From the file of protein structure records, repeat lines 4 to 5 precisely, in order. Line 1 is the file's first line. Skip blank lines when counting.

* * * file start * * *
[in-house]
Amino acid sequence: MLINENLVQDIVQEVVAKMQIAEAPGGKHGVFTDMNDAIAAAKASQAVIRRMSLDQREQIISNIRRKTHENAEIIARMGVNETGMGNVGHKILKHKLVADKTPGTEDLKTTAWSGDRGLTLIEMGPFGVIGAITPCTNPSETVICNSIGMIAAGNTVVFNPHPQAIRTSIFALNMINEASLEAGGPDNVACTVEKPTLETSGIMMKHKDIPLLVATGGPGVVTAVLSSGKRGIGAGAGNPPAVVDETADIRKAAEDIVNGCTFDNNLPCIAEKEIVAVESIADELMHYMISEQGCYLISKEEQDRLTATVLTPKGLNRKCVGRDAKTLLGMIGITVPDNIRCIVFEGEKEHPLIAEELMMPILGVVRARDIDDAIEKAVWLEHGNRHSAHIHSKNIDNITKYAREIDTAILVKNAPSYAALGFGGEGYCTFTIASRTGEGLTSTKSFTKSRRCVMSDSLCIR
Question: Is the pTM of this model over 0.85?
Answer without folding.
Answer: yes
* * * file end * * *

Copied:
Answer without folding.
Answer: yes